The Buying Lifestyle Of Nigerians In 10 Years, Versus The Ubiquitous Igbo Lock-Up Shops

The Oasis Reporters

December 28, 2019

Cross section of Igbo citizens in Lagos.

In the last twelve months alone, most significant items I needed including a flash drive, were purchased online and delivered by the online shopping website to the address I indicated.

This is an eye opener to the behavior of an average buyer and changes are bound to occur. Therefore visits to lock-up shops would experience a decline. Shoppers would most likely buy online or visit malls. What then are Igbo traders doing to upgrade their trading skills to meet up with the advancement of technology ?

Someone wrote that an Igbo, Hausa and Yoruba parents sent their kids abroad for study. But the Hausa son returns immediately upon graduation and takes up a job in the public service. No matter how low the pay is, he stays and grows gradually.

The Yoruba looks for an opportunity abroad, works for some time (5years maximum) and returns to Nigeria to work for an expatriate company or a private sector company.

The Igbo son just like the Yoruba looks for an opportunity abroad, secures a good-paying job, settles down abroad and vows never to return to Nigeria again.

In the next 10 years, he is married and has kids who don’t even know how to speak Igbo.
The next project is to bring all family members abroad who in turn, follow the footpath of their brother by refusing to return to Nigeria. Now the whole family is abroad with only parents living in Nigeria.

Given 15 years after, the Igbo son is now an influential Software Engineer in one company in Canada. The Hausa man is the Commissioner of Police in the Igbo man’s hometown. The Yoruba fellow is currently the senior Network Engineer of the mobile line the Igbo man’s father uses in his state.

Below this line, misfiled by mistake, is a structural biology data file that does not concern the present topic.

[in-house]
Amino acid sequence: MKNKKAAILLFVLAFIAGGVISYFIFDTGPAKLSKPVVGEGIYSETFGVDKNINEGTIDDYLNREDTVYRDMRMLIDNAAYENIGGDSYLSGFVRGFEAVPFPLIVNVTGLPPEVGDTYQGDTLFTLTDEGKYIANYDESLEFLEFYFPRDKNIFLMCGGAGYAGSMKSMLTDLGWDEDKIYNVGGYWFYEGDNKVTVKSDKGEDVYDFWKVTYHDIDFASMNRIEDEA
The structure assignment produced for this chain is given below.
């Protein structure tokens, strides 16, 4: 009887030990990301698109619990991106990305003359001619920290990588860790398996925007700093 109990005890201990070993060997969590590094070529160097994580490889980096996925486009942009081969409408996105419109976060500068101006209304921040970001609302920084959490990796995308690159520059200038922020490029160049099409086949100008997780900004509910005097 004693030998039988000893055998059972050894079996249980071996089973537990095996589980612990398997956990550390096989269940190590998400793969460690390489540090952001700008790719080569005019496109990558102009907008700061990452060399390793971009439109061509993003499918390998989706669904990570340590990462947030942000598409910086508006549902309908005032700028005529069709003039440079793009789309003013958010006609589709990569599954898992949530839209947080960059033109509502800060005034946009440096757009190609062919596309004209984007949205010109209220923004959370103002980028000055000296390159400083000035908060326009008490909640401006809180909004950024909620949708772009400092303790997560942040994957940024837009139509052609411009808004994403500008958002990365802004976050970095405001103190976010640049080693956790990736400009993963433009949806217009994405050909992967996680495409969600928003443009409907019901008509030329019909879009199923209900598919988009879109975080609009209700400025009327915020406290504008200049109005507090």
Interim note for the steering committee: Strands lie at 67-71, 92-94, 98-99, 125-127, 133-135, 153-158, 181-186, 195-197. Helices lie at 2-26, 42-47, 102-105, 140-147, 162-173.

Igbo man sends money home to build a mansion in his village that is under developed.
The Hausa man recruits 50 of his people into the force to create employment. The Yoruba man writes to his state government of his company’s intention to sponsor 20 Nigerians abroad for study, and he can facilitate 15 to come from his state. That is transfer of skills.

As the Yorubas and Hausas are taking over the private and public sector jobs in Nigeria respectively, the Igbo men are deserting and littering their states with mansions without production companies.

Ebytex Impressions further says, “ask an Igbo man to invest in his region, he will narrate countless reasons why it is not a good idea. But, upon death, he would be rushed home to be buried.

There should be an extraordinary burial levy on any Igbo person that is well off, yet has zero investments in Igboland.

Igbos always brag of being in control of trade and commerce. Well, the bad news is that in the next 10 years, the buying lifestyle or behavior of an average buyer would change. They won’t be visiting lock-up shops.

The advancement in technology and innovation leap for Ndigbo cannot be left alone to our governors. Some are trying while others are clueless. Only a few government officials understand the importance of capacity building and utilization. We must start re- building our capacity to remain competitive at home just like we are abroad.

Those at home must be empowered to remain home to avoid the rush out syndrome. It will also reduce the increased cases of fast lane.
The reason I am making this post is simple; if we don’t change, we may not have a place to call home in the next 30 years. Igboland would be deserted.
We must make hay while the sun still shines, ” concludes Ebytex Impressions.

Greg Abolo

Blogger at The Oasis Reporters.

Leave a Reply

Your email address will not be published. Required fields are marked *